Mandil Inc. Breathes Life Into Designs Through Hand-Drawn Sketches

AI won’t be taking interior designers’ jobs anytime soon as industry pros like Sean Hughes emphasize the beauty and life that hand sketching brings to a project.

In an era teeming with technological advances, the world of interior design continues to value the time-honored artistry of hand-drawn sketches. For Sean Hughes, a seasoned senior interior designer at Mandil Inc. in Denver, sketches serve as agile tools to vividly convey concepts to clients. “You can be in a meeting with a client and quickly draft a sketch, easily erase things, and bring beauty and soul to the project,” says Hughes. Whether it’s a mantel design or a kitchen island, the immediacy of hand sketches accelerates the process of fleshing out project interiors while elevating it beyond a mere blueprint. The drawings imbue the initial project stages with a holistic, human essence, fostering a fluid and organic decision-making process between designers and their clients.

Hughes and his team begin most projects with hand sketches. “It is a great way to show perspective in a room,” Hughes explains. “For example, if you are designing your kitchen based on a floor plan, you may forget to take the view from the kitchen into account and hang lighting that obstructs your outlook. A sketch that shows the beautiful mountains outside will not have that same compartmentalized problem.”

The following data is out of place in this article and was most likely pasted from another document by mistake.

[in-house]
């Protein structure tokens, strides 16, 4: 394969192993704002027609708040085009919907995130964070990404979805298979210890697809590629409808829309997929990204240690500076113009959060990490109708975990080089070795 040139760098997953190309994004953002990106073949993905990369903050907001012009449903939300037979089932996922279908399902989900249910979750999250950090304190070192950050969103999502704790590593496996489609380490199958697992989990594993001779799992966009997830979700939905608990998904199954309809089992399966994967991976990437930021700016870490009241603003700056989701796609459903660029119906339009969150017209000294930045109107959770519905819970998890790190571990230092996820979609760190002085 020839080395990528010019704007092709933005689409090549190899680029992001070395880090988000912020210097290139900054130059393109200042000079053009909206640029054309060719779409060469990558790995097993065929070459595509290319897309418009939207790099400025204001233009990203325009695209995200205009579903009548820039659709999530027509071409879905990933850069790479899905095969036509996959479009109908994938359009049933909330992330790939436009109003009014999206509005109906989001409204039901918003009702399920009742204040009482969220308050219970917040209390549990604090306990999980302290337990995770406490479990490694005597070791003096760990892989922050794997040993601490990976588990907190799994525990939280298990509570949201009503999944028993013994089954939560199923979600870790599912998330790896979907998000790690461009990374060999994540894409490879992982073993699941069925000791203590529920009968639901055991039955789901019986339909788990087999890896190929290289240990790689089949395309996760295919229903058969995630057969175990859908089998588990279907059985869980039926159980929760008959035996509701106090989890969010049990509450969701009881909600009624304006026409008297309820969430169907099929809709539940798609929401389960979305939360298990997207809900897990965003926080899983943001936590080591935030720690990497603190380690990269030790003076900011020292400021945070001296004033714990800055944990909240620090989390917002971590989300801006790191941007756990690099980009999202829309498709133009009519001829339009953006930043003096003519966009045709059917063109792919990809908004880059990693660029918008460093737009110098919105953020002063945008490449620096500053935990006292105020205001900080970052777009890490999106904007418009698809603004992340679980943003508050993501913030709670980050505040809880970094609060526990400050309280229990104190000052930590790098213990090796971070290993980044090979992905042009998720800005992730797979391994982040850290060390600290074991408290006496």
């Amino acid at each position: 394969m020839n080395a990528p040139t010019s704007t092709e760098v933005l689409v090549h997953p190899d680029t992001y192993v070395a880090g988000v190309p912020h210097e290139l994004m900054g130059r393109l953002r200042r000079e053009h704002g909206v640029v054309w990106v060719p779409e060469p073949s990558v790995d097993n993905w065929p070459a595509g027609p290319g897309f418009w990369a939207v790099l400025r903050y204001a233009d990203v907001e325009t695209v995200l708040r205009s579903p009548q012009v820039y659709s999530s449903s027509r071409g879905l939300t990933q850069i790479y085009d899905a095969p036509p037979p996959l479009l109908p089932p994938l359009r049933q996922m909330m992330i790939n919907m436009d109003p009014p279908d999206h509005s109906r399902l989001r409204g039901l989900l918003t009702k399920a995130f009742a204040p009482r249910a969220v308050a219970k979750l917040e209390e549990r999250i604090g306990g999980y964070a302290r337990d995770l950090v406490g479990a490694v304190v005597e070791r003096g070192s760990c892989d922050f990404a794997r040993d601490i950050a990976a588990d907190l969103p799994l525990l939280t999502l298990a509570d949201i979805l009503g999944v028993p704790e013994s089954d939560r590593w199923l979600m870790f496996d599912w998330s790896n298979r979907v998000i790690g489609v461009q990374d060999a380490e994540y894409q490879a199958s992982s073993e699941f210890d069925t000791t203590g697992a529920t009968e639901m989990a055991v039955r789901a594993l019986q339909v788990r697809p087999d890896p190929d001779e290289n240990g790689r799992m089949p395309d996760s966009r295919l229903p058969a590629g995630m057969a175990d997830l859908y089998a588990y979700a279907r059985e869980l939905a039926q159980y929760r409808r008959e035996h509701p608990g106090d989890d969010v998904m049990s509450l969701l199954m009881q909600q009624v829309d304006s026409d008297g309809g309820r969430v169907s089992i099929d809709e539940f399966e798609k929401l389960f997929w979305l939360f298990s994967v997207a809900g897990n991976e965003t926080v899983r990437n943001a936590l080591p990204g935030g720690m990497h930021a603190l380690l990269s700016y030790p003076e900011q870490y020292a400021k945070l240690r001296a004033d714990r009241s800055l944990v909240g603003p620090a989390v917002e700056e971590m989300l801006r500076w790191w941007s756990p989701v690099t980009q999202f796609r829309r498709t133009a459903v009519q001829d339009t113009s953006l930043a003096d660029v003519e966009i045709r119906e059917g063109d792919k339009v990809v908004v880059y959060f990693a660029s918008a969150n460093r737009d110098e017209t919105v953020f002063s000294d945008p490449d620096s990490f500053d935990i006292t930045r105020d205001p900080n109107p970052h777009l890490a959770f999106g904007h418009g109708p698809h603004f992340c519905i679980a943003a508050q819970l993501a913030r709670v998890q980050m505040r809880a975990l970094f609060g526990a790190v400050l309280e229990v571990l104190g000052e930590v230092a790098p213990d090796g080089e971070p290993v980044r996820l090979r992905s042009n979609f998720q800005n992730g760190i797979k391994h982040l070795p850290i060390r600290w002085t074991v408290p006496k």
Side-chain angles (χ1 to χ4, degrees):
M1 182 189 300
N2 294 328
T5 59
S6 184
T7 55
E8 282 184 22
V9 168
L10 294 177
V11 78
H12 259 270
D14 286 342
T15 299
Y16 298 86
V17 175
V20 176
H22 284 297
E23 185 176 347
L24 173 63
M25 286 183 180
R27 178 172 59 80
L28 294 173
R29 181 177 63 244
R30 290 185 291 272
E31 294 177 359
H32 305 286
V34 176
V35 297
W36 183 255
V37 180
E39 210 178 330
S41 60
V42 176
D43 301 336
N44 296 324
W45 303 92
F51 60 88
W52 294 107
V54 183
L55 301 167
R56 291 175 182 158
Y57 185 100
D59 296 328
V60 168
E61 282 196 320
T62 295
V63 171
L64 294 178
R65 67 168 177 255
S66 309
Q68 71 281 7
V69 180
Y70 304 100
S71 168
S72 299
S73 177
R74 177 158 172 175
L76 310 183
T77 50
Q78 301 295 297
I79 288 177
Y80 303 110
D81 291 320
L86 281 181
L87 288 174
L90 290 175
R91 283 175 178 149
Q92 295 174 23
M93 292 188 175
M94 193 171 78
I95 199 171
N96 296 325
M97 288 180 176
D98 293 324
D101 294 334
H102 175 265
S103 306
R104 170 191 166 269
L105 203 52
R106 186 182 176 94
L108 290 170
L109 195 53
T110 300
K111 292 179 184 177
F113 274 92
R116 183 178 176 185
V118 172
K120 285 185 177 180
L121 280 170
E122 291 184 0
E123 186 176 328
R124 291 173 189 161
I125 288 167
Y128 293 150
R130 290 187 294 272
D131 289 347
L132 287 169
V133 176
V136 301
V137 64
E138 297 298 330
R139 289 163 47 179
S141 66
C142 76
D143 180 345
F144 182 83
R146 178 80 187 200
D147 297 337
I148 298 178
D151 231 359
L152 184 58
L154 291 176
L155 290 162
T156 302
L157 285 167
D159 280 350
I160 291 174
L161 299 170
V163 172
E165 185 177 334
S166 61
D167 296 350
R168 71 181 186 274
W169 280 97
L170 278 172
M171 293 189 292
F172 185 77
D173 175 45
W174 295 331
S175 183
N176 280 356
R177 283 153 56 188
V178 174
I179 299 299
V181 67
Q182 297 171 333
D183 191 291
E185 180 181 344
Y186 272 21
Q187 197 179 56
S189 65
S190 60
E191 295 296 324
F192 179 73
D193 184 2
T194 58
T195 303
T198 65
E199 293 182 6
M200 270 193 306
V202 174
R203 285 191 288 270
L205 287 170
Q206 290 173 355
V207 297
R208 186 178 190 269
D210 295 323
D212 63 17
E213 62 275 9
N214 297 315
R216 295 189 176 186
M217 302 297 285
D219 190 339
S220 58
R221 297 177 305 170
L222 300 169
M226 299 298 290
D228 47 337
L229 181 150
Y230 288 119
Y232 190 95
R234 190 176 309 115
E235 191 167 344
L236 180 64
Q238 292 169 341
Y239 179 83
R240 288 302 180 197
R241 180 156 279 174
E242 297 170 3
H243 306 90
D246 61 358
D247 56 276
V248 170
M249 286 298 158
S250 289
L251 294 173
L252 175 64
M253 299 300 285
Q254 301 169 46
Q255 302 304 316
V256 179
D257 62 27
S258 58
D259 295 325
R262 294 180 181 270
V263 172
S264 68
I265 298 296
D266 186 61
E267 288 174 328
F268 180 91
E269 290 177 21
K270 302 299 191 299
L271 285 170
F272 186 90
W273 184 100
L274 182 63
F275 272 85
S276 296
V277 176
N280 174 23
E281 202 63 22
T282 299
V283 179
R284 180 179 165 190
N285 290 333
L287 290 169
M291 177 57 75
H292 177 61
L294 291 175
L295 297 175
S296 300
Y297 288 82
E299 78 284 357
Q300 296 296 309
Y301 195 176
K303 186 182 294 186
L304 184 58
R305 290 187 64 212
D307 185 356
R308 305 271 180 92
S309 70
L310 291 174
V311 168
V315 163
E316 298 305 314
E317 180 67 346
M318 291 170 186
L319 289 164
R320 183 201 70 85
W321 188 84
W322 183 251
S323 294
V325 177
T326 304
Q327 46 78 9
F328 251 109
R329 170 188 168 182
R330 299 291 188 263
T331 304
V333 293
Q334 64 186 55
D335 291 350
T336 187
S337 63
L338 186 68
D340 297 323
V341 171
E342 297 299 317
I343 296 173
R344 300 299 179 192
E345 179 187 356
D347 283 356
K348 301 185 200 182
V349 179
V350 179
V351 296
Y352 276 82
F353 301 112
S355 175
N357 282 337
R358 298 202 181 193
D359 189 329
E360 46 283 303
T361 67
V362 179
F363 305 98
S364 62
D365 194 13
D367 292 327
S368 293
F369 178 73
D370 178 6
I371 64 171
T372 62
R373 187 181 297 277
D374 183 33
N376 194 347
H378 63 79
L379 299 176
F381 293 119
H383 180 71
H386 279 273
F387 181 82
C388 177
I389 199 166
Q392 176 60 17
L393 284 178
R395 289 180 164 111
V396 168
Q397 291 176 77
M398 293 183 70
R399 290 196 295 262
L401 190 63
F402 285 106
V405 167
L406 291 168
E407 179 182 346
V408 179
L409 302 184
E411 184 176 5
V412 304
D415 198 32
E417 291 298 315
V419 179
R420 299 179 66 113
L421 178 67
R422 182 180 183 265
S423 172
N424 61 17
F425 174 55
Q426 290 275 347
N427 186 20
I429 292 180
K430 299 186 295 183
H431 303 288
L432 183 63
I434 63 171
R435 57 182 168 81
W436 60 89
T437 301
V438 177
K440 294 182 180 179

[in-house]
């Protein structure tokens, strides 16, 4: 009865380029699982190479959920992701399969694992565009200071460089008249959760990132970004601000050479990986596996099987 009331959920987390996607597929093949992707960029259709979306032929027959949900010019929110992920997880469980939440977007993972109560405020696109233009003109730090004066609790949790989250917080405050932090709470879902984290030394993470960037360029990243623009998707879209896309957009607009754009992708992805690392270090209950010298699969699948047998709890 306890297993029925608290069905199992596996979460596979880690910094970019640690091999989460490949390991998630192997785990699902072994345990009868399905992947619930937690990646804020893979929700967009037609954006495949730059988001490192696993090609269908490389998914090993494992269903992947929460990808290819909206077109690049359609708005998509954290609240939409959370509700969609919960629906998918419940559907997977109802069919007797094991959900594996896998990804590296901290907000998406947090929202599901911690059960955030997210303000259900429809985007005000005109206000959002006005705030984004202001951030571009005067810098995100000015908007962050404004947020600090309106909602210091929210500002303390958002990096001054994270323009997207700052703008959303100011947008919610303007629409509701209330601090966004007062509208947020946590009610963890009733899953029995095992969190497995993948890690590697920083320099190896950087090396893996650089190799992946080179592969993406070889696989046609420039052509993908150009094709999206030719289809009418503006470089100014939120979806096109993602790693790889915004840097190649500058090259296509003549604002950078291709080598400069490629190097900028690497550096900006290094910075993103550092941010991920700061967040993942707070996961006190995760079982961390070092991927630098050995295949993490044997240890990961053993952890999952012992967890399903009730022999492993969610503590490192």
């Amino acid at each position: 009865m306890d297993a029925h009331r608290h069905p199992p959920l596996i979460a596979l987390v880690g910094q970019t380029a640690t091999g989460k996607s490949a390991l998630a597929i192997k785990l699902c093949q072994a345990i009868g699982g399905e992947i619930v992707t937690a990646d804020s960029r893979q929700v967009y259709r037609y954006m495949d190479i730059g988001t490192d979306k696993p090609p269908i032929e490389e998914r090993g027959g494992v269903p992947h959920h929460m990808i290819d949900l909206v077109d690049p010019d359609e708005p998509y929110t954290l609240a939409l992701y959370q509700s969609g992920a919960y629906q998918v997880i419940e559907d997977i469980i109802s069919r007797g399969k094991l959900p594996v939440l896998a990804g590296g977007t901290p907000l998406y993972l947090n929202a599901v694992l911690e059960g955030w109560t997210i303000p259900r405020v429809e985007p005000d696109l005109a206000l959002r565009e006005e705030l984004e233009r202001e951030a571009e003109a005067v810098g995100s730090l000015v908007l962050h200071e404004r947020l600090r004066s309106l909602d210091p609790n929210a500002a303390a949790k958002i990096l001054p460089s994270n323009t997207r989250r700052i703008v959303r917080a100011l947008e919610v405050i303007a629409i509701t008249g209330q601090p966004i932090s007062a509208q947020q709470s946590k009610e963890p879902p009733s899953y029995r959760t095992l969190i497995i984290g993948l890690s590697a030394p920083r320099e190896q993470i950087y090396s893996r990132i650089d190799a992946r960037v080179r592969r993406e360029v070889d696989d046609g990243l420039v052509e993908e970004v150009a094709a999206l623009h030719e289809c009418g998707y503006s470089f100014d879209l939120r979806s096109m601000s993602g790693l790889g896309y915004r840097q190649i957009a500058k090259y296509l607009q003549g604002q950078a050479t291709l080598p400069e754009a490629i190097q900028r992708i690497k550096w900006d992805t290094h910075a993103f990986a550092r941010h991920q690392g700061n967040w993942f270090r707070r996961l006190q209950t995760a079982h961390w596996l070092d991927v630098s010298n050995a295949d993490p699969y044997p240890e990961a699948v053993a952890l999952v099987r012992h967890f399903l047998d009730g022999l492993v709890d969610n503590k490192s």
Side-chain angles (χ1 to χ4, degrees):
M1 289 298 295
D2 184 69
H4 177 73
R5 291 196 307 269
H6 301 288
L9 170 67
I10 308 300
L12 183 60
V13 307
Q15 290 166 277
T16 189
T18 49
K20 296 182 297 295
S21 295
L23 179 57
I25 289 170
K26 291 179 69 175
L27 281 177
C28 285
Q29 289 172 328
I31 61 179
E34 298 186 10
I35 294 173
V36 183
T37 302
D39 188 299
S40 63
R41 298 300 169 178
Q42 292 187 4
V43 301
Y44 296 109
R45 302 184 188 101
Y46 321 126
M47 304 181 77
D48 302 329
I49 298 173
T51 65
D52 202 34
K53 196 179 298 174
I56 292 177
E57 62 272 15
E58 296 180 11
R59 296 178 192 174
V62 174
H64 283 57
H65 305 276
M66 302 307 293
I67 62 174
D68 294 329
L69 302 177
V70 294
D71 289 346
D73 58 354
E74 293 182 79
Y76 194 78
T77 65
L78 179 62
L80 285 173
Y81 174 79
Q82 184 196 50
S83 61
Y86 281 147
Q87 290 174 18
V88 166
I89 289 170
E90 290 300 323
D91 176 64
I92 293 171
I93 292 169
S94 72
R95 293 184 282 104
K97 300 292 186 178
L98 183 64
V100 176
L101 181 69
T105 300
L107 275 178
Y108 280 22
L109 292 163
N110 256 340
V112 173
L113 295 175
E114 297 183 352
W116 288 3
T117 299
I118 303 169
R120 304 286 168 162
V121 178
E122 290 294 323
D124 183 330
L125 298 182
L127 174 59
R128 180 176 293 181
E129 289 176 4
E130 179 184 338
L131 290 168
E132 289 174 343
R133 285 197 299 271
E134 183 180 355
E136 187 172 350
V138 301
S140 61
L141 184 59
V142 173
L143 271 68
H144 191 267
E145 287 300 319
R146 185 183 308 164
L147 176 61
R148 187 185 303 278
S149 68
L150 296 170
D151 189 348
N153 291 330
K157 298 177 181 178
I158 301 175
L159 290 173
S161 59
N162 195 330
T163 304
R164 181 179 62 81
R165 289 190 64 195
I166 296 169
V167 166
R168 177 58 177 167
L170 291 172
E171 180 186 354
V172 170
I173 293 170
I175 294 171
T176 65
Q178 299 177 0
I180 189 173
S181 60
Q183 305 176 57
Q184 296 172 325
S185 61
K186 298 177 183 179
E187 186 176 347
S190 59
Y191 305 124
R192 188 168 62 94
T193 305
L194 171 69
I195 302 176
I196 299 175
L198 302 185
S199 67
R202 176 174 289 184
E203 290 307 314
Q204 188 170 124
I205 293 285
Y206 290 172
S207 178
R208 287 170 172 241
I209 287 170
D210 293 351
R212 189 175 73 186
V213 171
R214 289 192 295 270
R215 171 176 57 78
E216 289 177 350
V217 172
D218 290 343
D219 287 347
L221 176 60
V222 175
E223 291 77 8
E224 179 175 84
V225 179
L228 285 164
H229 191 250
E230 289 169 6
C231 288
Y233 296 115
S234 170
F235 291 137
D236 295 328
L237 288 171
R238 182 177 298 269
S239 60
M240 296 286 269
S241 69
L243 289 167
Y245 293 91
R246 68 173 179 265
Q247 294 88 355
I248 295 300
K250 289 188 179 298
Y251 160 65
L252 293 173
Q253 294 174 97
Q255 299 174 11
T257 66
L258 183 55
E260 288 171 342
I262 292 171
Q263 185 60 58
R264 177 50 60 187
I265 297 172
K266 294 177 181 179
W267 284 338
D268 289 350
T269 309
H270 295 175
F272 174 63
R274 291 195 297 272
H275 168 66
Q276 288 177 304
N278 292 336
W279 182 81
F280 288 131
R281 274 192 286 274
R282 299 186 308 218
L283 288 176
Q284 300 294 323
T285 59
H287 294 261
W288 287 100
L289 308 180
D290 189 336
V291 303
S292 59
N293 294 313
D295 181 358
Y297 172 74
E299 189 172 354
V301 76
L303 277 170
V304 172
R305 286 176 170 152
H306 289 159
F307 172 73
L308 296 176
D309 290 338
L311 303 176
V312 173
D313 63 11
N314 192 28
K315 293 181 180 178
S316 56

This is not to say that Hughes and his firm shun innovative technologies. They transition from the preliminary sketches to digital designs using technology like CAD and Revit to refine project details. These tools facilitate virtual walkthroughs and precise measurements. Additionally, permits usually require computer-generated images rather than hand sketches. But, Hughes says, “Without taking the time to first put pencil to paper and think about the project creatively, designers miss a level of detail that is essential for creating vibrant spaces people love to live in.”

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